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Are Institutional Investors Ready for BlackRock’s Big Data Pivot?

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BlackRock is the world’s biggest publicly-traded investment manager, overseeing an excess of US$ 5 trillion in assets under management. The behemoth manager runs portfolios and sells products to some of the largest sovereign funds, pensions, endowments and other long-term asset owners.

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The lucrative days of traditional stock picking, also known as active equity management, for larger asset managers has become intensely fierce, forcing rivals to merge with each other, mandating cutbacks in products and laying off professional staff. In March, Aberdeen Asset Management and Standard Life agreed to merge in an all-share deal, with shareholders of Standard Life owning two-thirds of the combined company. Preceding this merger, in October 2016, Janus Capital Group (the home of Bill Gross), merged with Henderson Group. On the layoff front, money manager Legg Mason Inc. chopped up roughly 30 jobs in its corporate offices, in a bid to refocus, “its resources in response to the disruption affecting the asset management industry,” according to a Legg Mason statement in March. Legg Mason’s Baltimore rival, T. Rowe Price Group Inc., is also facing financial pressure, as they try to realign its bread-and-butter active management business. With that being said, BlackRock has cautiously embraced smart beta strategies, while pivoting more resources toward computer-driven investment models.

Decades ago, the ticker tape or a discrete phone call to a “connected” broker was enough to make a decision to buy or sell a stock, then the rollout of Bloomberg or Reuters terminals, and now niche data sources are sprouting out, such as drones calculating A,B,C for X.

Choppy Waters Ahead

This gradual upheaval in the parochial asset management industry has gotten the attention of BlackRock’s founder and CEO Larry Fink. Fink had hired Mark Wiseman, the former President and CEO of the Canada Pension Plan Investment Board (CPPIB), to serve as BlackRock’s global head of active equities and chair of BlackRock Alternative Investors. Wiseman, known for his pragmatism and helping a government investor like CPPIB transform into an institution that manages a significant portion of capital internally, was tasked with undertaking a six-month analysis of BlackRock’s struggling active equity business. [ Content protected for Sovereign Wealth Fund Institute Standard subscribers only. Please subscribe to view content. ]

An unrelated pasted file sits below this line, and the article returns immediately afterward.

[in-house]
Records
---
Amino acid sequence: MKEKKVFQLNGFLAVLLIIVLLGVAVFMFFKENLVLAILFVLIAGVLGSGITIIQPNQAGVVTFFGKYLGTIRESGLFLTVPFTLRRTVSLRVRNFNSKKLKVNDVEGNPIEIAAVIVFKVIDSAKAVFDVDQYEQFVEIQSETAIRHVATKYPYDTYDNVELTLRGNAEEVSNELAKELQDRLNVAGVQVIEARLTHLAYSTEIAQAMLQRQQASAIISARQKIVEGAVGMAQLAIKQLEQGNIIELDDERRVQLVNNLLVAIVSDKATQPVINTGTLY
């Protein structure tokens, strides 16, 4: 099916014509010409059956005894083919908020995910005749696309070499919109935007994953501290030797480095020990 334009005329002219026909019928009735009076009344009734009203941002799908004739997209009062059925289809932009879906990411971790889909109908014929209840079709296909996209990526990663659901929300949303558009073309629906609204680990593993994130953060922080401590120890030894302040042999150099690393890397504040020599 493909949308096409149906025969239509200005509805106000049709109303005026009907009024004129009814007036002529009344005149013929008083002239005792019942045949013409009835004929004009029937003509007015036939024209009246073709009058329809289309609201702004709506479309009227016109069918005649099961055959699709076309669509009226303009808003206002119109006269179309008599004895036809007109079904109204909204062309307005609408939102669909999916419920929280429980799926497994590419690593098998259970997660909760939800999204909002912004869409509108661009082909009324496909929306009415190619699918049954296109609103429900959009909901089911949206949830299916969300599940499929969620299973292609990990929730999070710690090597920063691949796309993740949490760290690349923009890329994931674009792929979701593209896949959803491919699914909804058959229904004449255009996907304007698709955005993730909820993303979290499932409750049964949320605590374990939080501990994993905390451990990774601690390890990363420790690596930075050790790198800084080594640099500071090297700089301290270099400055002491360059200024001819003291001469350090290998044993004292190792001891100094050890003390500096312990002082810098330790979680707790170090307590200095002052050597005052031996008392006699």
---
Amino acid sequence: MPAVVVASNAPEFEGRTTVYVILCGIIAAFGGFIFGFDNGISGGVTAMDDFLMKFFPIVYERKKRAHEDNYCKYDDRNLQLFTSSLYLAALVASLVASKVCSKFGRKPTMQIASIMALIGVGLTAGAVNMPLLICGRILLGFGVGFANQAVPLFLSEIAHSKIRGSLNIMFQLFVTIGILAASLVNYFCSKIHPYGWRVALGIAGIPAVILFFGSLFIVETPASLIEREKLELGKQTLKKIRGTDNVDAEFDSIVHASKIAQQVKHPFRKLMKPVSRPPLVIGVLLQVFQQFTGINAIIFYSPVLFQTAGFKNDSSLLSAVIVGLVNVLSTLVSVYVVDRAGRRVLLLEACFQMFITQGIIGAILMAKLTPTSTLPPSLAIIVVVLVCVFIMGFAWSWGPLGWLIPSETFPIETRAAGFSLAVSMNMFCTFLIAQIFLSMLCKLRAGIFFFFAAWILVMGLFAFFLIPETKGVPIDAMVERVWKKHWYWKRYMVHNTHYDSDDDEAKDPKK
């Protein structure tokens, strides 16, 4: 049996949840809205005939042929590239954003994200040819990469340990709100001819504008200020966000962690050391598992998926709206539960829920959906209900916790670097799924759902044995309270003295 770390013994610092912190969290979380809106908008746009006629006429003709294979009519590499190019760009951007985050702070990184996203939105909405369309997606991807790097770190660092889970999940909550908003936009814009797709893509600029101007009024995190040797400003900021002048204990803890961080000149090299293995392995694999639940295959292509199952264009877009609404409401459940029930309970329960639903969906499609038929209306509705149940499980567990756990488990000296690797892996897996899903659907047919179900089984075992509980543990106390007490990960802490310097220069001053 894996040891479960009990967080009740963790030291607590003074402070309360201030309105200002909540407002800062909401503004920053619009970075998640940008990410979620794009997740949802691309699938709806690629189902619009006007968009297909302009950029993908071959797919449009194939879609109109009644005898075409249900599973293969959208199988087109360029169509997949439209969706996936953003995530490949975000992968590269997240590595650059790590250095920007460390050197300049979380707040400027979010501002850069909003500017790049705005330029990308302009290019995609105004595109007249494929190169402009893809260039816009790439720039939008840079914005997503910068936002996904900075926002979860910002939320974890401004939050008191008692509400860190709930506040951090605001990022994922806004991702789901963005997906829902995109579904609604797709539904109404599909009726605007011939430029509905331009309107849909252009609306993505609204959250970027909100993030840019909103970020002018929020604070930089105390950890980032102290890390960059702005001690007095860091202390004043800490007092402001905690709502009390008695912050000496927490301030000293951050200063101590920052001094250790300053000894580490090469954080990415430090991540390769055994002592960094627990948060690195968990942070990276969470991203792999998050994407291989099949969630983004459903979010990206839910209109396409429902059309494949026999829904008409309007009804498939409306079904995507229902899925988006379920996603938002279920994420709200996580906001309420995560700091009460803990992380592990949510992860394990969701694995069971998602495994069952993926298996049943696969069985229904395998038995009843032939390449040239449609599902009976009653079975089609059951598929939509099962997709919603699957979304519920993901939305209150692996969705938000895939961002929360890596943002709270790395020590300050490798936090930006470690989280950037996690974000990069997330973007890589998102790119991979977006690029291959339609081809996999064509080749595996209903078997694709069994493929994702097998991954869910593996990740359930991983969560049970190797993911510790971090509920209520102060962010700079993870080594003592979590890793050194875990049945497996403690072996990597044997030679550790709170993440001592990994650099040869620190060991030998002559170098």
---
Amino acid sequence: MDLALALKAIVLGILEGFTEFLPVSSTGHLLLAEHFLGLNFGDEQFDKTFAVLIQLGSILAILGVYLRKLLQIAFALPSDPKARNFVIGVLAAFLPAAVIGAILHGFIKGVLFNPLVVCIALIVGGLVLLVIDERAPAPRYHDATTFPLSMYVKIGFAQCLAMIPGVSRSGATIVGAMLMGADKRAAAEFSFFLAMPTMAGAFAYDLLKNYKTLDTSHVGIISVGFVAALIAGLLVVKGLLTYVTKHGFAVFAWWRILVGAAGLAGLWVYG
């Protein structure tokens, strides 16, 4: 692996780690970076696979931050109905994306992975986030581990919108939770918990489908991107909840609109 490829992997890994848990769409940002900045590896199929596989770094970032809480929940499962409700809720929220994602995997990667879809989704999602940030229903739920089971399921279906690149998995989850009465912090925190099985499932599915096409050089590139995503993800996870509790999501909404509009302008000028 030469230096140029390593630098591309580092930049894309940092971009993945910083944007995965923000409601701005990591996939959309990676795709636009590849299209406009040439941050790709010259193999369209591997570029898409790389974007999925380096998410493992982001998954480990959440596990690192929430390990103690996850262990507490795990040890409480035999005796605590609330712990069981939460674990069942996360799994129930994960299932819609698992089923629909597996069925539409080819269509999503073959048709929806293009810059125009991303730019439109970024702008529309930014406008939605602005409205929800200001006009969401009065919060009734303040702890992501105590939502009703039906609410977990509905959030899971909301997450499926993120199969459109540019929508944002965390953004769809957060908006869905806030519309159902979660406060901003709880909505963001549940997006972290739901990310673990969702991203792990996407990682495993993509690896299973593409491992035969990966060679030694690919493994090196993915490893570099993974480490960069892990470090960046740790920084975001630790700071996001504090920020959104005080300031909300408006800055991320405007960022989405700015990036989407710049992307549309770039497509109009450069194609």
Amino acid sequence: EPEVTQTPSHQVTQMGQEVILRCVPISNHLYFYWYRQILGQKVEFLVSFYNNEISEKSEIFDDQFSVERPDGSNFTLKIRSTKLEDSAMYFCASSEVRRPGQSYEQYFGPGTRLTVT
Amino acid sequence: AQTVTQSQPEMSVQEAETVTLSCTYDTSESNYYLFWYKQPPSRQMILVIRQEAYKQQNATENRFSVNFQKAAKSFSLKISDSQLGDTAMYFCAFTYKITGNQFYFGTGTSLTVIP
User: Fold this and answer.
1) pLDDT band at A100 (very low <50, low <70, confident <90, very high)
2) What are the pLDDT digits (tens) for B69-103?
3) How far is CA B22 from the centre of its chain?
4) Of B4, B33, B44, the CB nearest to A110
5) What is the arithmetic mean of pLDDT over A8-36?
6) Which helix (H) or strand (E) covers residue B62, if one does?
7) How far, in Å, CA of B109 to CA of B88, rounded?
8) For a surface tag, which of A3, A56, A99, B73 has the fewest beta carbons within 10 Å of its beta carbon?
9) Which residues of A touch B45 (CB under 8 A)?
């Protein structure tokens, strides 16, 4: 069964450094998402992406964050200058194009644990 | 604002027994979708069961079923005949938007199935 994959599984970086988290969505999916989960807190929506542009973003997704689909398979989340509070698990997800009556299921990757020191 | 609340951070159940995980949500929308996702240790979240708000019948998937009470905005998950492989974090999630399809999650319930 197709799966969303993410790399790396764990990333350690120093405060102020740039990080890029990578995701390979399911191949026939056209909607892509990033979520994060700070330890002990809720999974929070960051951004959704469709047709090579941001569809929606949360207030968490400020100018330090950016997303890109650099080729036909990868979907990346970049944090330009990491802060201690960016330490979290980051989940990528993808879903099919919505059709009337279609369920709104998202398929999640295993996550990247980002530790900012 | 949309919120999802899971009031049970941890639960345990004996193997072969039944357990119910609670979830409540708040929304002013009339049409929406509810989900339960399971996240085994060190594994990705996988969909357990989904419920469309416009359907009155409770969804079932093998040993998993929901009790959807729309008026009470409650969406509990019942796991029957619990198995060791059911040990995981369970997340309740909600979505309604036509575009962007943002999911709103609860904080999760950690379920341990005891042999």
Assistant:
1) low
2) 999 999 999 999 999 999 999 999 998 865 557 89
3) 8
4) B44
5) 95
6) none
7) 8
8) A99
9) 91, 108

HKMA Intervenes to Support Currency Peg for First Time Since May 2018

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The Hong Kong Monetary Authority (HKMA) intervened to defend its peg to the U.S. dollar. [ Content protected for Sovereign Wealth Fund Institute Standard subscribers only. Please subscribe to view content. ]

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Genoa Motorway Bridge Collapses

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The 51-year-old Genoa bridge death total has risen to 35 people. On August 14, 2018, a highway bridge, known as the Morandi Bridge, in the center of Genoa had collapsed in torrential rains. The roadway, which was built of reinforced concrete, fell as much as 45 meters. The cause of the collapse was under investigation, according to Angelo Borrelli, chief of the Civil Protection Department. A good number of Italy’s viaducts, galleries and bridges were built during the 1950s and 1960s. Italy-based Autostrade is a motorway operator controlled by Atlantia S.p.A. Autostrade was conducting maintenance work on the bridge. Autostrade said it had been strengthening the road foundations of the bridge.

The Italian Benetton family founded the Benetton Group S.p.A. fashion company in 1965. Sintonia SA is the Luxembourg financial holding company controlled by the Benetton family, which has about a 30.25% stake in Atlantia. Singapore’s GIC Private Limited owns 8.14% of Atlantia as of March 31, 2018. BlackRock holds a 5.12% ownership stake in Atlantia during the same time period.

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Bill Gross Can’t Save Janus Henderson

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Speculation is swirling that legendary bond king Bill Gross could be ousted from the fund he oversees at Janus Henderson (JHG). However, Janus Henderson CEO Dick Weil is firm in his belief that Gross is fit for the position, though he also stated that Gross has been performing in a way that was “challenging and disappointing.” Bloomberg’s Francine Lacqua suggested that Gross could “taint” the overall picture at JHG.

After acknowledging that Gross was struggling, Weil was quick to defend him, pointing to his successful 40 year career in the industry. Weil expects Gross to recover from his current investment woes “in time.” He went on to underscore his unshakable confidence in Gross, “Bill’s a terrific investor, and a terrific, strong player.” Gross, for his part, is said to have admitted to making “bad bets,” according to Weil. Weil was only recently chosen over contender Andrew Formica, his Co-CEO, to serve as sole CEO of the company. Australian-born Formica was dismissed by JHG’s board of directors. JHG’s single largest shareholder is Japanese life company Dai-Ichi Life.

[ Content protected for Sovereign Wealth Fund Institute Standard subscribers only. Please subscribe to view content. ]

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